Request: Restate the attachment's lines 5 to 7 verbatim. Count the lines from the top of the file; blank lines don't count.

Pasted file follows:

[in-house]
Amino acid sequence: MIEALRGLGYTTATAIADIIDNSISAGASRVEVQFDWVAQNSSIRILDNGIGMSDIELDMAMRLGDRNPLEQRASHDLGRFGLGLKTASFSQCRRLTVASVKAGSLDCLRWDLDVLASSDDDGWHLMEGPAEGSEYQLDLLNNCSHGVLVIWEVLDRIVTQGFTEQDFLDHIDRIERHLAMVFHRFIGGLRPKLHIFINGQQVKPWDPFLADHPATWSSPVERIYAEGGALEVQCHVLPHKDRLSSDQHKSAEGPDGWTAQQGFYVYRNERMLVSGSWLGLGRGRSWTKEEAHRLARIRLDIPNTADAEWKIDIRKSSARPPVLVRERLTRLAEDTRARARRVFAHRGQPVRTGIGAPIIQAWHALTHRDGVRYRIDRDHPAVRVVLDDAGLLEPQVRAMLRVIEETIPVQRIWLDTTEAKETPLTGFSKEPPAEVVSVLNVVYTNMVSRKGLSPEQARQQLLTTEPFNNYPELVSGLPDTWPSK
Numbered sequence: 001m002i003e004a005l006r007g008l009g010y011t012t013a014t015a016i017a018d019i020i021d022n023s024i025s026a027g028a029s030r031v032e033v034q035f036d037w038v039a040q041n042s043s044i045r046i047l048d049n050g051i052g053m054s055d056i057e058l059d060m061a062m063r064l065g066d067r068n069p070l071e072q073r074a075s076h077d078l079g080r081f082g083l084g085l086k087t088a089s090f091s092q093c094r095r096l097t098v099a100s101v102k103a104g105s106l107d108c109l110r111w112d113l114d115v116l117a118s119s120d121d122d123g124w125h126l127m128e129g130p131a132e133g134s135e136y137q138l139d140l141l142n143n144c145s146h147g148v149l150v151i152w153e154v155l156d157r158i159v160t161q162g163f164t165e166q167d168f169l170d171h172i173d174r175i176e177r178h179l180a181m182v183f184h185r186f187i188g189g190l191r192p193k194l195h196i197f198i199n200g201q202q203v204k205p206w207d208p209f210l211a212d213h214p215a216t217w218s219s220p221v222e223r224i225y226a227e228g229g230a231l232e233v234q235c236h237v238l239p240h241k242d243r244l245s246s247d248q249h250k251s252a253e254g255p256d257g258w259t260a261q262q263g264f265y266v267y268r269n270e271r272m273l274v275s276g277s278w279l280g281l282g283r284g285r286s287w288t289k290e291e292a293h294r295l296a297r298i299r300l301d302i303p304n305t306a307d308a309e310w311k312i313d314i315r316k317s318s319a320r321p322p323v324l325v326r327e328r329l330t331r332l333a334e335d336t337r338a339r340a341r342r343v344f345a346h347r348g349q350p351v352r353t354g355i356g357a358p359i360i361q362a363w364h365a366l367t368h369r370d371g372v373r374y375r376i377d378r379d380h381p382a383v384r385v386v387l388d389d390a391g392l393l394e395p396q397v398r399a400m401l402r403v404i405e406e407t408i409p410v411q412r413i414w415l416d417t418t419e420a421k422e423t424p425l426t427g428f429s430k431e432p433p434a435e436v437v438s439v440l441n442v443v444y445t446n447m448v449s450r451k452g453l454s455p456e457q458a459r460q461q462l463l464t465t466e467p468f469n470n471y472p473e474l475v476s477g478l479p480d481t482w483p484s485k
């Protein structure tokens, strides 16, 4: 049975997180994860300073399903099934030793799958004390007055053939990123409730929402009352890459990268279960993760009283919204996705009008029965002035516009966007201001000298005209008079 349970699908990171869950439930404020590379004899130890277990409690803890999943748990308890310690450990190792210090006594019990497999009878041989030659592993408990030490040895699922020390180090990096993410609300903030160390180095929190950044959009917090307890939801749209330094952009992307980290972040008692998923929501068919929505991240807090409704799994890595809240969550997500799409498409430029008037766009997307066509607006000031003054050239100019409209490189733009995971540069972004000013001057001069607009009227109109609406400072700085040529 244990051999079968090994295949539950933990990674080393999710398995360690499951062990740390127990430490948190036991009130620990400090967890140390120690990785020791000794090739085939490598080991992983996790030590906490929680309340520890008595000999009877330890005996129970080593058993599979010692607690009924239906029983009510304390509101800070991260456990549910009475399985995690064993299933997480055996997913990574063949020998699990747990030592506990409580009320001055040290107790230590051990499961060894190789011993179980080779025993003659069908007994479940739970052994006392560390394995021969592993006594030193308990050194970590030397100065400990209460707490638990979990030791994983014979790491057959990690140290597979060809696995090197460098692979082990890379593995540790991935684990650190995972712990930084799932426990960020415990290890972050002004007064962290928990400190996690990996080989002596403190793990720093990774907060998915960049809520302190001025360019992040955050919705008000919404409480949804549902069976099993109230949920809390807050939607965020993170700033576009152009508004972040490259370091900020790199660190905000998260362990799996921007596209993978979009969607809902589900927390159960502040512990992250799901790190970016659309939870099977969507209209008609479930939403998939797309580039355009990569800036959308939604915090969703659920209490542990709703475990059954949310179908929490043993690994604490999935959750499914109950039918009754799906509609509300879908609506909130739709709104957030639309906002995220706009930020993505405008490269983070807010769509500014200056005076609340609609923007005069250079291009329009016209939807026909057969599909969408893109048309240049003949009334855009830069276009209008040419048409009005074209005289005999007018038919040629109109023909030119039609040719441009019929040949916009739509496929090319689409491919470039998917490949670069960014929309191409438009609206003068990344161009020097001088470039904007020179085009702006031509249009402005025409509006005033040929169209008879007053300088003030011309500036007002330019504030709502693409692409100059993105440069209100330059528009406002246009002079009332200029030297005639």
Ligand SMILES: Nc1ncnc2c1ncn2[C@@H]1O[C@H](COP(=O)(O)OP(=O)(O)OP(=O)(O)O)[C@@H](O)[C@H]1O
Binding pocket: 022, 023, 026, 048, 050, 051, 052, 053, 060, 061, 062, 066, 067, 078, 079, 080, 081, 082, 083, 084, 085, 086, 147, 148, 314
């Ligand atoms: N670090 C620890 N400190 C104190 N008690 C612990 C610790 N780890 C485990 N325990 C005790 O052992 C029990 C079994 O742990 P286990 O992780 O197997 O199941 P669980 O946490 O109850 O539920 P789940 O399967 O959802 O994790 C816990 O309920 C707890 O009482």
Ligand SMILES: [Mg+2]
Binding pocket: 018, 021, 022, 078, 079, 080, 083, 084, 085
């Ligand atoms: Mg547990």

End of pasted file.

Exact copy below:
Ligand SMILES: Nc1ncnc2c1ncn2[C@@H]1O[C@H](COP(=O)(O)OP(=O)(O)OP(=O)(O)O)[C@@H](O)[C@H]1O
Binding pocket: 022, 023, 026, 048, 050, 051, 052, 053, 060, 061, 062, 066, 067, 078, 079, 080, 081, 082, 083, 084, 085, 086, 147, 148, 314
């Ligand atoms: N670090 C620890 N400190 C104190 N008690 C612990 C610790 N780890 C485990 N325990 C005790 O052992 C029990 C079994 O742990 P286990 O992780 O197997 O199941 P669980 O946490 O109850 O539920 P789940 O399967 O959802 O994790 C816990 O309920 C707890 O009482």